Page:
Customer Journey Evolution – Optimizing The Moments That Matter

How did the decision-making and the customer needs changed over time – the evolution of the consumer decision journey

The technological revolution and the digitization of everyday life has changed the way users interact with companies. The customer journey, the path that the customer makes during the relationship with a brand in different touch-points, both offline and online, has become the focus of business strategies. Understanding and mapping this path to understand the real needs of its users has become the holy grail of the digital economy.

However, the customer journey is evolving continuously, and compared to only a decade ago, it is becoming more complex and spread across numerous channels. The decision-making process is linked to numerous touch-points, where users finds the information and tools that facilitate the choice and the purchase, and allow them to express their opinion about the service or product. From the more traditional touch points, such as physical outlets, offline advertising and mass media, word of mouth and call center services, today there is a myriad of digital touch points that, if used in optimal way, can bring brands to the final goal: the purchase and the loyalty.

Users interact with different touch points, for example digital ones such as sites, blogs or forums, those managed by brands, such as advertising campaigns or landing pages, and spontaneous touch points such as blogs and relevant industry sites, managed by independent users. from companies, often with reviews – digital word of mouth, which often influences the purchasing process more decisively than official channels.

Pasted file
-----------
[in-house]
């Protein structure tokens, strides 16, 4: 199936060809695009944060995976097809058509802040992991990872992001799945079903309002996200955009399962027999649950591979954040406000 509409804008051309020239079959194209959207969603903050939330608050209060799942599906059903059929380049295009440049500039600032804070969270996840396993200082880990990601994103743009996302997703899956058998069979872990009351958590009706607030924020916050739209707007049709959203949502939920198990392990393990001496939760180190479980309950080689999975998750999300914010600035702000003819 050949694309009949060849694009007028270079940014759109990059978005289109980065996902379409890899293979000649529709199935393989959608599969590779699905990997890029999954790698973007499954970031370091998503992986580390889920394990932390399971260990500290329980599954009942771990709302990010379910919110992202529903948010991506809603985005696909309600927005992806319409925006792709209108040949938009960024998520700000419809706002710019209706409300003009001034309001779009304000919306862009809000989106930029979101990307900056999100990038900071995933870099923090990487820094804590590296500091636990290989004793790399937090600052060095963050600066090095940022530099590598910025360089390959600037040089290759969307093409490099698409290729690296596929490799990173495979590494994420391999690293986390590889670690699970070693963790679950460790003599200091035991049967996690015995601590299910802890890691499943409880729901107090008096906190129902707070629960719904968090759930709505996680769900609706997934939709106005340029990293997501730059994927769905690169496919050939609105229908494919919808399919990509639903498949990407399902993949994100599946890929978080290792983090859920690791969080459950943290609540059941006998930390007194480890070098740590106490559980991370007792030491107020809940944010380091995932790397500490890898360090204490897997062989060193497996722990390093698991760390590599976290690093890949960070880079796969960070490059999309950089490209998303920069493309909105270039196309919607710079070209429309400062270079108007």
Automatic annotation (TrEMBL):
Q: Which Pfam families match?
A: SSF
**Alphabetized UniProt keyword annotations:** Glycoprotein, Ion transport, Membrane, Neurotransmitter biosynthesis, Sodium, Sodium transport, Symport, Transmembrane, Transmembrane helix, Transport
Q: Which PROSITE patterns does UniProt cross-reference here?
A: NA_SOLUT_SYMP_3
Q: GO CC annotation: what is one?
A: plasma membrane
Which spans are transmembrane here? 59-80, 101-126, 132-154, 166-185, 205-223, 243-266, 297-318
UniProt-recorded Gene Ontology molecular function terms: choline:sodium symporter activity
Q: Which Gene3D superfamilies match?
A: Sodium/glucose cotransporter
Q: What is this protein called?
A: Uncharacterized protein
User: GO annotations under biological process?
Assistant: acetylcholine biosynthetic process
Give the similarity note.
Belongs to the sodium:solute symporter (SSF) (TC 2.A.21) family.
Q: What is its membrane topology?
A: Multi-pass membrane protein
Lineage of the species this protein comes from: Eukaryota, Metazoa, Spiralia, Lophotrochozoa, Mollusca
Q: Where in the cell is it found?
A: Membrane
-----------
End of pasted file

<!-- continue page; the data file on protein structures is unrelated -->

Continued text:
Hence, customer journey analysis and identifying the points of conflict in decision-making to create a targeted marketing strategy is essential to direct the purchase process, and ensure customer satisfaction.

Fragmented Customer Journey

Although it may seem that the user’s path from knowledge to purchase is linear, it is actually becoming more and more fragmented, thanks to the numerous online channels and devices in use.

The usual consumer path, click on the AD, the arrival on the landing page and the purchase, are almost extinct. In between there are social channels, influencer blogs and review sites that have a strong impact on the decision and purchase decision. These micro-moments are the decisive: when the user asks a question the brand must be there with the prompt answer, as confirmed by Google’s recent research: one in three smartphone users bought from a company or a brand different from what they originally intended, simply because that brand provided the right information when they needed it. [1]

The key to exploiting these micro-moments is the readiness to provide key information at the right time.

When customers are in “I-Want-to-Know” moment, they will be the most responsive to the information that provides an answer or solution rather than a sales page that encourages them to purchase. As confirmed by the aforementioned Google research, 87% of consumers do research before they even set foot in a store, which means that consumers need to be reached long before they get in touch with the sales department, just as the customers who are in the “I-Want-to-Go” moment, will be more responsive to local search results, maps and specific directions on where the site is located, rather than on product information. The “I-Want-to-Do” moment, means the users need useful ideas and information, such as suggestions or directions to complete a task, so recipes, detailed guides and demonstration videos or tutorials are some examples of content that could be very useful. Finally, the “I-Want-to-Buy” moment, requires clues as to what the best offer is and how to get it. This is the stage where a coupon, an offer, or an app that allows a quick purchase, or even an Amazon-style one-click feature, could have a greater impact. [2]

Therefore, an effective omnichannel marketing strategy is the perfect way to use different platforms and online media to deliver a message to a key point during the customer journey. The real challenge is no longer the quantity of content, but how and when it should be distributed and delivered to the customer. Only this way the brand will have the possibility to create the engagement and make sure the completion of the path, not only with the purchase but with the loyalty.


[1]  [2]